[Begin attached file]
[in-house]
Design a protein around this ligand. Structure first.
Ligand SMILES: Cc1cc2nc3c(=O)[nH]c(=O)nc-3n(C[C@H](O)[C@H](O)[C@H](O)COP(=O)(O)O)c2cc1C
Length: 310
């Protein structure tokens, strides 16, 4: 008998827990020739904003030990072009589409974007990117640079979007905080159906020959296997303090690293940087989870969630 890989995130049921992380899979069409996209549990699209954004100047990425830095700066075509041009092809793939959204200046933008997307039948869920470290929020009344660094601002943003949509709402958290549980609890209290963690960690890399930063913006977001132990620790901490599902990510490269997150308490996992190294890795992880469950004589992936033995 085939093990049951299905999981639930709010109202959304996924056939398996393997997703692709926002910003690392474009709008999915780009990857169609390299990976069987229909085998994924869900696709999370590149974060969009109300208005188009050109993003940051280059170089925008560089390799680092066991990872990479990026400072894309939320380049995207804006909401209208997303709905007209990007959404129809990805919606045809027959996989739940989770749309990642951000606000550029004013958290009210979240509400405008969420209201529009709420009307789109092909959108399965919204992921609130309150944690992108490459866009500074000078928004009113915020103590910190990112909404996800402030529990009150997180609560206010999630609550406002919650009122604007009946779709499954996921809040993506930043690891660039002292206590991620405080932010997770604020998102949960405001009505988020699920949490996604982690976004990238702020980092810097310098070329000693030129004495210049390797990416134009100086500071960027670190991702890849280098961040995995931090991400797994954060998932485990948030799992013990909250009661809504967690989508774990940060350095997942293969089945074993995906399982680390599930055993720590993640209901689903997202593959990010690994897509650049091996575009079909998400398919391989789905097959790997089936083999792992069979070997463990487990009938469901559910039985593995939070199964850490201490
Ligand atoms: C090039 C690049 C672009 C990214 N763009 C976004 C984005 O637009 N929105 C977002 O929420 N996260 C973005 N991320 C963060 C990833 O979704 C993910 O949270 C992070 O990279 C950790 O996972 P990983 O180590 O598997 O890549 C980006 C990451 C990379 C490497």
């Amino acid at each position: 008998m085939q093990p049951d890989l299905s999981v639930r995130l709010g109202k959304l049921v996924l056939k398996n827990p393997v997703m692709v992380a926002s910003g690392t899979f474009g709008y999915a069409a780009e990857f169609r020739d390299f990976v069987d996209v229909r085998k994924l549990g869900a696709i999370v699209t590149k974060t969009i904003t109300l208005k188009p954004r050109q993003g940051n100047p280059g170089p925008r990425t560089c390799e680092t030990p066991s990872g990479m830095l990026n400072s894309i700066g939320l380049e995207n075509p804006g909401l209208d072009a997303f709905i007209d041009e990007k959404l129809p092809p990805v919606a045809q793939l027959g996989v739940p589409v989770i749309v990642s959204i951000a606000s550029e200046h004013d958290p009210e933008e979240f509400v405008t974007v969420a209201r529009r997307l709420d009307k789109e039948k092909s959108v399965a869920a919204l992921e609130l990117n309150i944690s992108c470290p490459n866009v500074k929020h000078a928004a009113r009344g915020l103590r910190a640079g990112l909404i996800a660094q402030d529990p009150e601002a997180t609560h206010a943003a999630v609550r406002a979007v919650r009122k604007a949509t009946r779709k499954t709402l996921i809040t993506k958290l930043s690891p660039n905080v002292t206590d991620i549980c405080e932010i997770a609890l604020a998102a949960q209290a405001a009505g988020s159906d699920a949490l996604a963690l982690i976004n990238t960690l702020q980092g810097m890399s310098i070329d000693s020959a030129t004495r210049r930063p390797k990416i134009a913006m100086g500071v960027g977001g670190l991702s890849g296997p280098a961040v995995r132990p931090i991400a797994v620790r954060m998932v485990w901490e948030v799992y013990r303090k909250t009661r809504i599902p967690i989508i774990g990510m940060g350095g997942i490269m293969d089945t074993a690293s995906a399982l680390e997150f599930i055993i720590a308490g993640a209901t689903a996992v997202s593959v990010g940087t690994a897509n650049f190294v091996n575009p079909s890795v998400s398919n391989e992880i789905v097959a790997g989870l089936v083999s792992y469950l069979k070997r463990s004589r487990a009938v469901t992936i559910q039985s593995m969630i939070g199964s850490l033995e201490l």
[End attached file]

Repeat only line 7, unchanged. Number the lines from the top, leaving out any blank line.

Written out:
């Amino acid at each position: 008998m085939q093990p049951d890989l299905s999981v639930r995130l709010g109202k959304l049921v996924l056939k398996n827990p393997v997703m692709v992380a926002s910003g690392t899979f474009g709008y999915a069409a780009e990857f169609r020739d390299f990976v069987d996209v229909r085998k994924l549990g869900a696709i999370v699209t590149k974060t969009i904003t109300l208005k188009p954004r050109q993003g940051n100047p280059g170089p925008r990425t560089c390799e680092t030990p066991s990872g990479m830095l990026n400072s894309i700066g939320l380049e995207n075509p804006g909401l209208d072009a997303f709905i007209d041009e990007k959404l129809p092809p990805v919606a045809q793939l027959g996989v739940p589409v989770i749309v990642s959204i951000a606000s550029e200046h004013d958290p009210e933008e979240f509400v405008t974007v969420a209201r529009r997307l709420d009307k789109e039948k092909s959108v399965a869920a919204l992921e609130l990117n309150i944690s992108c470290p490459n866009v500074k929020h000078a928004a009113r009344g915020l103590r910190a640079g990112l909404i996800a660094q402030d529990p009150e601002a997180t609560h206010a943003a999630v609550r406002a979007v919650r009122k604007a949509t009946r779709k499954t709402l996921i809040t993506k958290l930043s690891p660039n905080v002292t206590d991620i549980c405080e932010i997770a609890l604020a998102a949960q209290a405001a009505g988020s159906d699920a949490l996604a963690l982690i976004n990238t960690l702020q980092g810097m890399s310098i070329d000693s020959a030129t004495r210049r930063p390797k990416i134009a913006m100086g500071v960027g977001g670190l991702s890849g296997p280098a961040v995995r132990p931090i991400a797994v620790r954060m998932v485990w901490e948030v799992y013990r303090k909250t009661r809504i599902p967690i989508i774990g990510m940060g350095g997942i490269m293969d089945t074993a690293s995906a399982l680390e997150f599930i055993i720590a308490g993640a209901t689903a996992v997202s593959v990010g940087t690994a897509n650049f190294v091996n575009p079909s890795v998400s398919n391989e992880i789905v097959a790997g989870l089936v083999s792992y469950l069979k070997r463990s004589r487990a009938v469901t992936i559910q039985s593995m969630i939070g199964s850490l033995e201490l």